Posted By Norman Gasbarro on January 8, 2014
Normally, I try to research all inquiries received from readers of the blog, regardless of how far afield they at first may appear to be. Usually, I am successful in making at least one connection with the goals of the Civil War Research Project. In the case of the inquiry I am about to describe, I found two interesting connections.
In an e-mail dated 22 December 2013, Glenda wrote:
My mother recently passed away and a few G.A.R. items were found. Is this medal related to the info on your site? It has Syracuse rather than Atlantic City on it but I was just researching some of the items and found you. Any info would be appreciated. Thanks.
The above picture of a G.A.R. medal and ribbon was attached to the e-mail. It was a medal issued in June 1910 for the dedication of the Soldiers’ and Sailors’ Monument of Onodaga County, New York. The inscription on the medal notes the 44th Annual Encampment of the G.A.R. Department of New York. In researching the 1910 encampment date as the 44th , Glenda found my blog post on the 44th G.A.R. Encampment in Atlantic City which featured the national encampment and memorabilia associated with it. The medal pictured above was from the New York state encampment, which in 1910 was held in Syracuse, New York. In addition to the annual national encampments, most states had their own annual encampments.
The monument, which is pictured on the medal, was dedicated in June 1910 as part of the festivities of the state encampment. An article appeared in the Harrisburg Patriot which described the dedication ceremony and monument itself – wherein the first Pennsylvania connection is revealed:
Vice President Sherman Made the Principal Address.
Syracuse, New York, 21 June 1910 — The dedication of the Soldiers’ and Sailors’ Monument of Onondaga County took place today with appropriate ceremonies. The address of dedication was made by Vice President James S. Sherman, and Judge Frank H. Hiscock of the Court of Appeals, made the speech of acceptance in behalf of the county. Major General Samuel S. Sumner, U.S.A., (retired) was grand marshal of the parade, in which marched besides the 4,000 veterans from all parts of the State 250 blue jackets from United States battleships, three companies of the Twenty-fourth Infantry, U.S.A., and the entire Third Regiment of National Guard.
The encampment of the Department G.A.R., State of New York, brought many thousands of veterans and their families to witness the ceremony in Clinton Square, where the monument is located.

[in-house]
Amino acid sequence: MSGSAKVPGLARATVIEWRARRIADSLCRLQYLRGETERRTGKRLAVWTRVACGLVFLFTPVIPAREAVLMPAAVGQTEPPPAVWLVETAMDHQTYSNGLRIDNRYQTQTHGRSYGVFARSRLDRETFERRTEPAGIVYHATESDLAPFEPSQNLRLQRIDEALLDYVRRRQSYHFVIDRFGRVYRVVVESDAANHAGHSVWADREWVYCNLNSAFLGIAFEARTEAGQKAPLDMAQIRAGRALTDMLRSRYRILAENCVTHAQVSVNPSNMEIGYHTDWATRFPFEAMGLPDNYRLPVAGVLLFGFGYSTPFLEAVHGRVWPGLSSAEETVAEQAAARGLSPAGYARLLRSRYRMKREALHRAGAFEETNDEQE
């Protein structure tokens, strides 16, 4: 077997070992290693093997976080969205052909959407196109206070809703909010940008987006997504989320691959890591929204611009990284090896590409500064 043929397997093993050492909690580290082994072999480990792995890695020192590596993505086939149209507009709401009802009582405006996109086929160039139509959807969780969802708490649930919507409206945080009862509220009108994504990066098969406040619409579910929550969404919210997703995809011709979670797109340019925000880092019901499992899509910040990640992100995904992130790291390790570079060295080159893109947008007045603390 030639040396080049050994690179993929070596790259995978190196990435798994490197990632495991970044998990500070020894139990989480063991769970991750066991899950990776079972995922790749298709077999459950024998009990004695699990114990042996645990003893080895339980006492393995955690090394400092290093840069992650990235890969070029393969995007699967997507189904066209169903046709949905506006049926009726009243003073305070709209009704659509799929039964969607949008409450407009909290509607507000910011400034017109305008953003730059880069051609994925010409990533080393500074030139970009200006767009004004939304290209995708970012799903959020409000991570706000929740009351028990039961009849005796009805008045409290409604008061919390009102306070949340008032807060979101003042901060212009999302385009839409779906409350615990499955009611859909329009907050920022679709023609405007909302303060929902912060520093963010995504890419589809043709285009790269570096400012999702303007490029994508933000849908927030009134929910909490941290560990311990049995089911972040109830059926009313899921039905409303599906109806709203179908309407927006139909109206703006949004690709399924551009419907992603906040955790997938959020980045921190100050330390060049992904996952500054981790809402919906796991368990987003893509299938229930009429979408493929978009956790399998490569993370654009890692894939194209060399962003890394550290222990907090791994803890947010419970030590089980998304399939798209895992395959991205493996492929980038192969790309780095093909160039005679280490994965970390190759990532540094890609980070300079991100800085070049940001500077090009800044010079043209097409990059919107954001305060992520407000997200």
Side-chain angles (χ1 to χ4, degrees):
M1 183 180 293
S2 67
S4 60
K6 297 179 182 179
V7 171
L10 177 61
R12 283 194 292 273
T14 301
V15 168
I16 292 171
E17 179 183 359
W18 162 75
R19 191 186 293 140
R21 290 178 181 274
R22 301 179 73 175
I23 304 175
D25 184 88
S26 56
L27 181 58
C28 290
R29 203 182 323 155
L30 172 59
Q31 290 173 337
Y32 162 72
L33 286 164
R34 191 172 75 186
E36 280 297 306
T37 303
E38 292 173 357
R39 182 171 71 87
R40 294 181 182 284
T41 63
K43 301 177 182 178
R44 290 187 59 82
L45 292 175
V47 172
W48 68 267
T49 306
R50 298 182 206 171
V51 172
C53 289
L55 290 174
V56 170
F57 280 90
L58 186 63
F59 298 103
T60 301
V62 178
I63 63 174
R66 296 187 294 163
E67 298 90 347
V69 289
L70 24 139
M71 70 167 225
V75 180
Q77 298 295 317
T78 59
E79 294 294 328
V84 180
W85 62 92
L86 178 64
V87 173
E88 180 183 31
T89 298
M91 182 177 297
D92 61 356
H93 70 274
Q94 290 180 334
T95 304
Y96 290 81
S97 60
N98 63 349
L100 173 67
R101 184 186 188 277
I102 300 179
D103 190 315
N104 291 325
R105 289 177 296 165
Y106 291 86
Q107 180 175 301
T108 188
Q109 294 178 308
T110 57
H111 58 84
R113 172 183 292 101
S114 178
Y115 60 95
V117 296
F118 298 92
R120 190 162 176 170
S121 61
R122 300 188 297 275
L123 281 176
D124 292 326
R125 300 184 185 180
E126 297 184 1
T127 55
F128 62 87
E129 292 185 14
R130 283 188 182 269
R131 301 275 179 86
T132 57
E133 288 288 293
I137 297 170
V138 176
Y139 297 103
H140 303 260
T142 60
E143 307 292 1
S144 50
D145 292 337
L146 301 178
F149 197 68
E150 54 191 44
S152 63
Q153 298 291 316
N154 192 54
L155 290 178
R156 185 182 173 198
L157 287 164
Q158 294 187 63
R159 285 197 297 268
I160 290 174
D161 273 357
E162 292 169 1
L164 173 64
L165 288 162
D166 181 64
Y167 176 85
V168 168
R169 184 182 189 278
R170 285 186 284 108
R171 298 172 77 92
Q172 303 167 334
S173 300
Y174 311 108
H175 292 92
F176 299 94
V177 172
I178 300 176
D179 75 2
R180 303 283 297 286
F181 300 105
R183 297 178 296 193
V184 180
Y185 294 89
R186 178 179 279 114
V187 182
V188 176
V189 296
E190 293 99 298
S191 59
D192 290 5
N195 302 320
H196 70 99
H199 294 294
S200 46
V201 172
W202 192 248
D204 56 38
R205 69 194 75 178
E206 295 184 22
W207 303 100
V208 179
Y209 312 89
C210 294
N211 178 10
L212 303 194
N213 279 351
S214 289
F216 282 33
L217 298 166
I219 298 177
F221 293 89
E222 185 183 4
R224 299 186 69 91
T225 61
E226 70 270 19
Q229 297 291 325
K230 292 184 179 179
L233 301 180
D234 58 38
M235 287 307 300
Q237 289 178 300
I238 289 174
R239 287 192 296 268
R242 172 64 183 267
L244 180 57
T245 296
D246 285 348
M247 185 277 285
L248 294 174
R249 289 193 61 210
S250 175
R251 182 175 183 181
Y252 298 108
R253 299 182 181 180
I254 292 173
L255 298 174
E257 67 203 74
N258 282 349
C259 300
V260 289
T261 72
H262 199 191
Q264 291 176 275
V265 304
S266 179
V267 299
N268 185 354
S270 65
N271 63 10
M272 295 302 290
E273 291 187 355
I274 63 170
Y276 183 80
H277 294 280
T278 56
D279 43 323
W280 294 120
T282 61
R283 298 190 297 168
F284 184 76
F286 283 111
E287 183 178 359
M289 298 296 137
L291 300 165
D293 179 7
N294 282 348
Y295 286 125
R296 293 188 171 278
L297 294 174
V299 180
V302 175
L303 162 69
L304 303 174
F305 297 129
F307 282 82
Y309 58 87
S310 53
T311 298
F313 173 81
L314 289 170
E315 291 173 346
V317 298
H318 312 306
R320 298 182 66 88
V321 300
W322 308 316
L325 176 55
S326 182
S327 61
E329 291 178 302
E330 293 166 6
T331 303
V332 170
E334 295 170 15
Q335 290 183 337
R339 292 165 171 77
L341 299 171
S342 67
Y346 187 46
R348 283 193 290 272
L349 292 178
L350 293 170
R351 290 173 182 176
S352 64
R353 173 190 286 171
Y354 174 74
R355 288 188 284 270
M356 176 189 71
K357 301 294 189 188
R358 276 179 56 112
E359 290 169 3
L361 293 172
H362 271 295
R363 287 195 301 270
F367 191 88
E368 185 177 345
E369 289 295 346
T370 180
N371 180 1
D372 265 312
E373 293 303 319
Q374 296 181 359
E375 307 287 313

The monument is one of the most notable in the country dedicated to soldiers and sailors from an artistic standpoint.
It has cost $100,000 and is located in Clinton Square. One group is a symbolic delineation of “The Call to Arms.” It is composed of four heroic figures – an infantry soldier, a cavalry trooper, an artilleryman, and a blue jacket. Over their heads in high relief is an aerial goddess of war or of patriotism, sounding the trumpet and holding aloft the flag. Portions of the cannon and of the horse which belong respectively to the artillery and cavalry arms of the service, show as the sides of the group.
On the opposite face of the monument is a group which was suggested by an episode that really took place at the Battle of Gettysburg, and the men who figured in it were from this section. During the Battle of Gettysburg the staff which a standard bearer was carrying was cut in two by a bullet. The man stripped of his belt, and kneeling as the bullets flew about him, apparently unconscious of danger, wrapped the belt about the broken staff until the latter held together, and then advanced with his colors flying. This standard bearer is the chief figure in the group, the other figure forming the setting for the incident.
The picture featured with the article is shown below:
The second Pennsylvania connection was revealed through additional research on one of the issues that was discussed and promoted at the Syracuse encampment. In a book entitled Abstract of General Orders and Proceedings (1911), a letter was reproduced which was sent to President William H. Taft, urging the re-appointment of Michael Kerwin as Pension Commissioner for New York. Michael Kerwin was an official of the New York G.A.R. and his term was about to expire and a presidential re-appointment was needed to keep him in office. The political patronage controversy, apparently involving a U.S. Senator and representatives, is described below in a letter supporting Kerwin’s re-appointment.
Who was Michael Kerwin? According to on-line information, Kerwin was born in Wexford, Ireland on 15 August 1837 and emigrated to Philadelphia with his family around 1847. When the Civil War broke out, he joined the 24th Pennsylvania Infantry, Company H, as a 1st Sergeant and served a full 3-month term with that regiment before re-enlisting as Captain of the 13th Pennsylvania Cavalry, in which he served the remainder of the war, rising to the rank of Colonel of the regiment. Many men of the Lykens Valley area served under his command. His honorable discharge occurred on 14 July 1865. Col. Kerwin’s distinguished record has been described by Damian Shields in the blog post, Irish Colonels – Michael Kerwin, 13th Pennsylvania Cavalry. After the Civil War, Michael Kerwin returned to Ireland for a time and then moved to New York City, which is where he lived until his death on 20 June 1912.
Thus, what seemingly was a New York State G.A.R. commemorative medal, with a little research proved to have two Pennsylvania connections – one of Gettysburg, in distance not far from the Lykens Valley, and the other of the Colonel of the 13th Pennsylvania Cavalry – who served as the commander of many men from the Lykens Valley area.
News clippings are from the on-line resources of the Free Library of Philadelphia. The excerpts from the G.A.R. proceedings are from a GoogleBooks version available as a free download.